I'm considering a variation of the Diffie-Hellman key exchange protocol based on integer modular multiplication in place of exponentiation. If done naively, that would obviously be insecure, but I'm wondering if it is possible to recover security by erasing the least significant bits before transmitting a product. The idea is inspired by RLWE, where introducing random errors can transform a trivially insecure protocol into a possibly secure (maybe even quantum-proof) one; only here instead of addition of random errors I'm proposing deterministic erasure of the lower part of the data.

Here are the details: Let $n \in \mathbb N$ be fixed (say $n=1024$), and let $M=2^{3n} -1$. We will use the notation $x \bmod M$ to denote the unique integer $y$ in $0, 1, \dots, M-1$ with $x \equiv y \pmod M$.

• Alice and Bob begin with a shared public value $g \in \mathbb N$ with $0 \leq g < M$. (Whoever initiates the protocol should choose $g$ uniformly at random and send it to the other party.)
• Alice chooses a secret integer $0 \leq s_1 < 2^n$ uniformly at random, computes $x_1 = gs_1 \bmod M$, rounds $x_1$ to a nearest multiple of $2^n$, and sends the result $\tilde x_1$ to Bob.
• Bob chooses a secret integer $0 \leq s_2 < 2^n$ uniformly at random, computes $x_2 = gs_2 \bmod M$, rounds $x_2$ to a nearest multiple of $2^n$, and sends the result $\tilde x_2$ to Alice.
• Alice computes $y_1 = \tilde x_2 s_1 \bmod M$, rounds $y_1$ to a nearest multiple of $2^{2n}$, and stores the result $\tilde y_1$.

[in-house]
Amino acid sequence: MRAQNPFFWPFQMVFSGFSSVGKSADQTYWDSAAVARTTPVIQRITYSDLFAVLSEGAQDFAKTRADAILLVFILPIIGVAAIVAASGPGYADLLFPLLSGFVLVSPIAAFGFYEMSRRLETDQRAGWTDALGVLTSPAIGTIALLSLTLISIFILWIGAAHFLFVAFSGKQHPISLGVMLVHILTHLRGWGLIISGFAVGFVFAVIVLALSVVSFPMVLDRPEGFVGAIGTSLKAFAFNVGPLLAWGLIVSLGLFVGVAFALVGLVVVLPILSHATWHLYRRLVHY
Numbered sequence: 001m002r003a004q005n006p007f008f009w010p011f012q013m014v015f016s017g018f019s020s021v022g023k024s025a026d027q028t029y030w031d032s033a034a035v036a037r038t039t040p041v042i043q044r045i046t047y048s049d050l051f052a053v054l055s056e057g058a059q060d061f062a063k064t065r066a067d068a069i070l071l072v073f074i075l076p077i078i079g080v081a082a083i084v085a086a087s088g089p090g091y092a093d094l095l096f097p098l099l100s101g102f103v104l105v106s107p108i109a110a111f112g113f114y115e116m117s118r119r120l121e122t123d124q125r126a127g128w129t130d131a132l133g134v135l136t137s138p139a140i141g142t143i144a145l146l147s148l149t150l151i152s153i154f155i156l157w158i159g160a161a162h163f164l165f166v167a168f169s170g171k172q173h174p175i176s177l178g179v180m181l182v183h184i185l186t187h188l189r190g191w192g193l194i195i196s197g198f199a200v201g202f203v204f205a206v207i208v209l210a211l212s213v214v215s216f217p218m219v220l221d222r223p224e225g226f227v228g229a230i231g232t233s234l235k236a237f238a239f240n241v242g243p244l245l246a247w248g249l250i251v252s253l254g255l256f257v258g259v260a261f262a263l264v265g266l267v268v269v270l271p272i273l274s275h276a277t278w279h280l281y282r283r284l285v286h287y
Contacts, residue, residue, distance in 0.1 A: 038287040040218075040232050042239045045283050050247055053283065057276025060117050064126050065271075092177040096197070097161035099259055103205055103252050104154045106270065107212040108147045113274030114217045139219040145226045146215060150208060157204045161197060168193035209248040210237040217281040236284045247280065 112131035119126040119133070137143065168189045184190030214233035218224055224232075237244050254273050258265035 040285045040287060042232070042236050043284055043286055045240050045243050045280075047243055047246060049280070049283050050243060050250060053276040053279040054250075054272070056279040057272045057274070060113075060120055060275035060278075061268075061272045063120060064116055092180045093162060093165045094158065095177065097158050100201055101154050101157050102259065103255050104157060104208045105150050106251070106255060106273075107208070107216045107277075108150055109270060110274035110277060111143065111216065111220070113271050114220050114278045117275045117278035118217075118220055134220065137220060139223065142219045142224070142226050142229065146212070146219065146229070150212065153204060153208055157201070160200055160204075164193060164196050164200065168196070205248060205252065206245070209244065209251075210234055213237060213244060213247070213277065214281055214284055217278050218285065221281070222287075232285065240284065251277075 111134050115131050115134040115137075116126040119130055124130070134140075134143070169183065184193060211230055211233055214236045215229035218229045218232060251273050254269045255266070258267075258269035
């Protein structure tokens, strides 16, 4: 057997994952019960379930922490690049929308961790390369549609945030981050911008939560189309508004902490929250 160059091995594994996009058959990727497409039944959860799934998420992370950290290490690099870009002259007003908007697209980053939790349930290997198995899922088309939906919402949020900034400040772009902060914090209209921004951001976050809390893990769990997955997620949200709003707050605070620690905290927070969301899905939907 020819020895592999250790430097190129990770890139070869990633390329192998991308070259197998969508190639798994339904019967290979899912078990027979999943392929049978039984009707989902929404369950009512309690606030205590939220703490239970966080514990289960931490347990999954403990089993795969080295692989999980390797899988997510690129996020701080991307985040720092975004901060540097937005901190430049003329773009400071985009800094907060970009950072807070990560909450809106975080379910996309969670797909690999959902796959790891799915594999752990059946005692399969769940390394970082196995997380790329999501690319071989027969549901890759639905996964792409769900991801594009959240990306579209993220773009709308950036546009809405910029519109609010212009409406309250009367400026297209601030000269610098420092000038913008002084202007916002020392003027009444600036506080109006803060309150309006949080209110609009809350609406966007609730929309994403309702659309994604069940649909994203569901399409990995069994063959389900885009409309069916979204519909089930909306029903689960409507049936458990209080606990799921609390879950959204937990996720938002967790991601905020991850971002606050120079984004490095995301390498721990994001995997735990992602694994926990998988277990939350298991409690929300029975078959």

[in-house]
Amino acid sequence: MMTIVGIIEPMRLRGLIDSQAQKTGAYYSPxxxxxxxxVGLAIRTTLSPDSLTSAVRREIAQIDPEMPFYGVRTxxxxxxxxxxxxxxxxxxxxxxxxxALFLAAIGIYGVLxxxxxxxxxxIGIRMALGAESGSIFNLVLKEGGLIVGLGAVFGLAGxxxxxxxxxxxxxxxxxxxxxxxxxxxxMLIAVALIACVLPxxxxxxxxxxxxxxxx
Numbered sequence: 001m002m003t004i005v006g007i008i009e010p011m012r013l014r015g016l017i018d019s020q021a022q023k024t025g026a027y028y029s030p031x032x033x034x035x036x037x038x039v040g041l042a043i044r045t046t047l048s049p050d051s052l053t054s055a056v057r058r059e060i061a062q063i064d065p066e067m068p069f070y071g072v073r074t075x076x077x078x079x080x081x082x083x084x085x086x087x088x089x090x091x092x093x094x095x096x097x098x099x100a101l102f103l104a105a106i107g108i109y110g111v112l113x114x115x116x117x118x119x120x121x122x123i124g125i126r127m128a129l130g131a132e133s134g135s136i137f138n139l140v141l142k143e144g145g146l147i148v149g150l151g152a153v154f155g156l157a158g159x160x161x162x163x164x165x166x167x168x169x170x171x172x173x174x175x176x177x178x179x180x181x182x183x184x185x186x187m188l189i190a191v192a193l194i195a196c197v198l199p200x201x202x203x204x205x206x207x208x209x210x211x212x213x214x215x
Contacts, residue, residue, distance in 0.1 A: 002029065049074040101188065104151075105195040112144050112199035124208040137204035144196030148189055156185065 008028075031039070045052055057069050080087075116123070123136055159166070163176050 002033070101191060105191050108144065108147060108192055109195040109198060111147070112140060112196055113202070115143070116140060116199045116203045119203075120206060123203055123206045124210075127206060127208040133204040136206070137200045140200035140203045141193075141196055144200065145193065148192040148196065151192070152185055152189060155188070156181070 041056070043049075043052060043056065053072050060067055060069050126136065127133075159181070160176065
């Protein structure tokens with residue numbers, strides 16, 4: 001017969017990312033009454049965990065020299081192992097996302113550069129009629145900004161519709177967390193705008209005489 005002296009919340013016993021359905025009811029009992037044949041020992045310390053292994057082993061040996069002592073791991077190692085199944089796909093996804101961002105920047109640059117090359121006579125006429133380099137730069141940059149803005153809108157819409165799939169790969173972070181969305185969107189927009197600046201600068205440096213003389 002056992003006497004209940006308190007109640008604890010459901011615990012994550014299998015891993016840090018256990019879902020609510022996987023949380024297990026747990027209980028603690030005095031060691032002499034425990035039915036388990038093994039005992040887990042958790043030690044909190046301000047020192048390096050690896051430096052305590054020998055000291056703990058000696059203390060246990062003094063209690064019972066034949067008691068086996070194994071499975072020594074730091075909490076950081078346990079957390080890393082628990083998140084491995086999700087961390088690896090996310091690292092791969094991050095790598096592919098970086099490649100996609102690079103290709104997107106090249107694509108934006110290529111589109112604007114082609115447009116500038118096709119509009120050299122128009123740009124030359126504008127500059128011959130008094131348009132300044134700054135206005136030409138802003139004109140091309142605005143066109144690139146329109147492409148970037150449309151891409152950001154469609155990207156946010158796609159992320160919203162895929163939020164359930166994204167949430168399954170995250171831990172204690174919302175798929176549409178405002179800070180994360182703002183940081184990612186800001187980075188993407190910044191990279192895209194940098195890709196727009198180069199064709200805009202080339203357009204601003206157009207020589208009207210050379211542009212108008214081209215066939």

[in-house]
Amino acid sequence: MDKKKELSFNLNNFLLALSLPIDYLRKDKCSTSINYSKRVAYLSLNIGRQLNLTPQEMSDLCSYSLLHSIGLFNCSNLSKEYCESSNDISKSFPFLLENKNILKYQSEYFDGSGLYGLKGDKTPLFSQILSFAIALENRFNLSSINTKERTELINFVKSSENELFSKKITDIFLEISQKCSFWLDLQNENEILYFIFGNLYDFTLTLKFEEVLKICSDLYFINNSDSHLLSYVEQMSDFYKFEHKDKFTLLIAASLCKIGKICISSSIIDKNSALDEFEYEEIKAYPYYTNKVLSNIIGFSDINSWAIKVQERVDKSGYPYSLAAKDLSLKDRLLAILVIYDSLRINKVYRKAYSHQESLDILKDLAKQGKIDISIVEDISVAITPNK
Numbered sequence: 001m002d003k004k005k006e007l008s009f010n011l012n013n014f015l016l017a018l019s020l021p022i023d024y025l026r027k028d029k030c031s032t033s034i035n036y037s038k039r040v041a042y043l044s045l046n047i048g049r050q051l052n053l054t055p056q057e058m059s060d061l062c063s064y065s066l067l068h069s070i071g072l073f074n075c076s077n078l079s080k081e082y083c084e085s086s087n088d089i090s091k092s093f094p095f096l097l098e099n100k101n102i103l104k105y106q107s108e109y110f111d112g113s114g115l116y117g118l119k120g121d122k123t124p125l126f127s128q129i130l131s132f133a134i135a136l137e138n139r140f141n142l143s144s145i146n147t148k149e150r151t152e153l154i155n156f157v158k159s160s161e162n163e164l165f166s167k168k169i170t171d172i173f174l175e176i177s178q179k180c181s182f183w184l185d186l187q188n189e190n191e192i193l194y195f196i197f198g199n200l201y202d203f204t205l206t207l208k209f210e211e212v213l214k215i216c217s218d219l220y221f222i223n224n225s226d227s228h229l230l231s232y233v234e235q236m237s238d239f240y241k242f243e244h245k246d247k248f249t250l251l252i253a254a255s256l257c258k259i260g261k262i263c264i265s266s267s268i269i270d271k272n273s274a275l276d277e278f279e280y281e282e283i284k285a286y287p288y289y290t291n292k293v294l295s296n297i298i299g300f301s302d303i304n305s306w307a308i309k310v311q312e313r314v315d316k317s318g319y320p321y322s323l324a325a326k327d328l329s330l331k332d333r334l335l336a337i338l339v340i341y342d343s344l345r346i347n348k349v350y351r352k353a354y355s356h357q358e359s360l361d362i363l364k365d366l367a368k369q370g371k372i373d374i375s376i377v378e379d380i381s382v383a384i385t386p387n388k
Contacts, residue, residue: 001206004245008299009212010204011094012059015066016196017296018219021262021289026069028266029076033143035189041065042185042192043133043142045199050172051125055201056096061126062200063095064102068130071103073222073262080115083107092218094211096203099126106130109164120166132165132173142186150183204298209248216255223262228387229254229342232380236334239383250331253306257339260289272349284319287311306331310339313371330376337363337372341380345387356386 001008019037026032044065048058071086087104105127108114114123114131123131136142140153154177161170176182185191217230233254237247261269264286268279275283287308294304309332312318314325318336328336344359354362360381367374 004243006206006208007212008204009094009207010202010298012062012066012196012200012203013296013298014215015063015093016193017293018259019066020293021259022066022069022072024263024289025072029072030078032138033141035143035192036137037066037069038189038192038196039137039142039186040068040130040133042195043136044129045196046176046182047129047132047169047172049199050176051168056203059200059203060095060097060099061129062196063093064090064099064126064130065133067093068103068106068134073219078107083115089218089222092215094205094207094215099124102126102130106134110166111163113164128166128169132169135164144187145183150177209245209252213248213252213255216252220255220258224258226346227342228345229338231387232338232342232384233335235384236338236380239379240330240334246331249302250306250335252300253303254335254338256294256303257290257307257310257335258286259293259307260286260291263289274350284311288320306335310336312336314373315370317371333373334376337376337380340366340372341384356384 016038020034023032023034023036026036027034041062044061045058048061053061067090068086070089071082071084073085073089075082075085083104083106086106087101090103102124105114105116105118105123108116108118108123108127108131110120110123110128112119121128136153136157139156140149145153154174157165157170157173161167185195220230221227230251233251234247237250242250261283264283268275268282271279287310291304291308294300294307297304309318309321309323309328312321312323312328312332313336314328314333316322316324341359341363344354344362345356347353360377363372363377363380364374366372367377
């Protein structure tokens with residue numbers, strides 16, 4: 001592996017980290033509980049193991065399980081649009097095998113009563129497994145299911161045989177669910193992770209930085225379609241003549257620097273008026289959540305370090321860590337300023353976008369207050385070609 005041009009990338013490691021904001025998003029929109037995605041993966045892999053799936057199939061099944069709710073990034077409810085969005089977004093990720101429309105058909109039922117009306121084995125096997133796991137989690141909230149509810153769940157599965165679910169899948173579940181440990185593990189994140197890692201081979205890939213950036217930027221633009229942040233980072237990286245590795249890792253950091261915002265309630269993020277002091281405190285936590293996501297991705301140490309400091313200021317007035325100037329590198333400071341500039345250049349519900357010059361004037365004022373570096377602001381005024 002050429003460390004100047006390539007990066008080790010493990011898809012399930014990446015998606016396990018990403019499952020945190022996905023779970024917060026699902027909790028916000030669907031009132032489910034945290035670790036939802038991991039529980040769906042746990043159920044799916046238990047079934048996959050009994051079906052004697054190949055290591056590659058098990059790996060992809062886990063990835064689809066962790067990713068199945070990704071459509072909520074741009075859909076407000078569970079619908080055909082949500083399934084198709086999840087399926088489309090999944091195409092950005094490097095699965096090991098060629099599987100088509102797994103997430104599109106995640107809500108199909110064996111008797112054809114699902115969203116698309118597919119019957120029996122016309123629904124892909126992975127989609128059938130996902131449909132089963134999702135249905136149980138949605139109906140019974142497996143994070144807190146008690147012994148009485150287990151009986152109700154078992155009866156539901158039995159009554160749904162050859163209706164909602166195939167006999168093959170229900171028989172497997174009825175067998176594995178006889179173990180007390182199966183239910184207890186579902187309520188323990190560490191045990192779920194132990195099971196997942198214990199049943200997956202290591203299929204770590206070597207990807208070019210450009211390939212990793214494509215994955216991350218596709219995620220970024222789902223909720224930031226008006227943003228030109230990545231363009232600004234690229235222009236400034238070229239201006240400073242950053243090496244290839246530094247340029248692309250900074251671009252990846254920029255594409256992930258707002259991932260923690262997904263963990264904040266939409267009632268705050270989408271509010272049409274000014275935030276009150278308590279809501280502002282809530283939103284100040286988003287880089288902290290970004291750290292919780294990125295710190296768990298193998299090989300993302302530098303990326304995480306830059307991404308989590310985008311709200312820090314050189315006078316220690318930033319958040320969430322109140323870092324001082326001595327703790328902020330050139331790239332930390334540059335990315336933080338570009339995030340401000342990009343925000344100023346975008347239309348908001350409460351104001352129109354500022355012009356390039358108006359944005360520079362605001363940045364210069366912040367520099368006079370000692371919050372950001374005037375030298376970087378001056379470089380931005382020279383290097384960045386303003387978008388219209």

• Bob computes $y_2 = \tilde x_1 s_2 \bmod M$, rounds $y_2$ to a nearest multiple of $2^{2n}$, and stores the result $\tilde y_2$.

It can be shown that $\left\lfloor \frac{\tilde y_1}{2^{2n}}\right\rfloor$ and $\left\lfloor \frac{\tilde y_2}{2^{2n}}\right\rfloor$ differ by at most 1 (modulo $2^n$), and from this Alice and Bob can easily agree on a secret key of length $n-1$.

I'm wondering if anything is known about the security of this protocol? Has anything been published about this sort of technique, or is there some obvious attack that breaks it?

The most straightforward avenue for an adversary to break it would seem to be if they had some way where, given integers $g$ and $\tilde x$ in the interval $[0, M)$ they could find $s$ with $0 \leq s \leq 2^n$ such that the most significant $2n$ bits of $gs \bmod M$ agrees with $\tilde x$ (assuming that such $s$ exists, which it will if $\tilde x$ was produced as one of the $\tilde x_i$ in the protocol). Here the restriction $0 \leq s \leq 2^n$ is the part that is intended to make it hard; it would be easy for anyone to find an $s$ in $[0, M)$ such that $gs \equiv \tilde x \pmod M$, but that would not appear to be sufficient to succeed in an attack.

Edit: We run into trouble if $g$ or $s_i$ happen to share a large divisor with $M$. To fix this, we could replace $M$ with a prime number (say, the largest prime less than $2^{3n}$) or restrict $g$ and $s_i$ to be relatively prime to $M$.

• This is very helpful. I was overlooking how direct the relationship is to LWE. I'm thinking now that this can probably be broken using LLL, like you suggest. Namely, we can define a two-dimensional lattice, generated by $(M, 0)$ and $(g, 1)$, and ask for the closest lattice point to $(-\tilde x, 0)$. In two dimensions this CVP can efficiently be solved exactly, and I believe it can be expected to result in the point $(-x, s)$, revealing $s$. Jul 2 '18 at 7:42